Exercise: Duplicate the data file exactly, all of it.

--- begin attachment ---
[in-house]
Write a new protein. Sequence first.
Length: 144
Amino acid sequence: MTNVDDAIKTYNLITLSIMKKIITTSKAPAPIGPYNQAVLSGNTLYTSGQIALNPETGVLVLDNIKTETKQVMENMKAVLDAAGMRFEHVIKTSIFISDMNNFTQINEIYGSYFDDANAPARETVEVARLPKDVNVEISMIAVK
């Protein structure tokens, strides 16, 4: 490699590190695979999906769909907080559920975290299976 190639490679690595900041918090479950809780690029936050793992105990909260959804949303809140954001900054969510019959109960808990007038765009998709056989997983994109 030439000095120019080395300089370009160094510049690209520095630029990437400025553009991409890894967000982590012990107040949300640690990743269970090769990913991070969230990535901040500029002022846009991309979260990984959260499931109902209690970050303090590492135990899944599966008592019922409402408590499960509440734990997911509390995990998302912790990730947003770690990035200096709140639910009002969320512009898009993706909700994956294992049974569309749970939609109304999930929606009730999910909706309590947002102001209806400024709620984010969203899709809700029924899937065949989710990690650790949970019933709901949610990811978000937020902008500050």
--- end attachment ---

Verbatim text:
[in-house]
Write a new protein. Sequence first.
Length: 144
Amino acid sequence: MTNVDDAIKTYNLITLSIMKKIITTSKAPAPIGPYNQAVLSGNTLYTSGQIALNPETGVLVLDNIKTETKQVMENMKAVLDAAGMRFEHVIKTSIFISDMNNFTQINEIYGSYFDDANAPARETVEVARLPKDVNVEISMIAVK
């Protein structure tokens, strides 16, 4: 490699590190695979999906769909907080559920975290299976 190639490679690595900041918090479950809780690029936050793992105990909260959804949303809140954001900054969510019959109960808990007038765009998709056989997983994109 030439000095120019080395300089370009160094510049690209520095630029990437400025553009991409890894967000982590012990107040949300640690990743269970090769990913991070969230990535901040500029002022846009991309979260990984959260499931109902209690970050303090590492135990899944599966008592019922409402408590499960509440734990997911509390995990998302912790990730947003770690990035200096709140639910009002969320512009898009993706909700994956294992049974569309749970939609109304999930929606009730999910909706309590947002102001209806400024709620984010969203899709809700029924899937065949989710990690650790949970019933709901949610990811978000937020902008500050």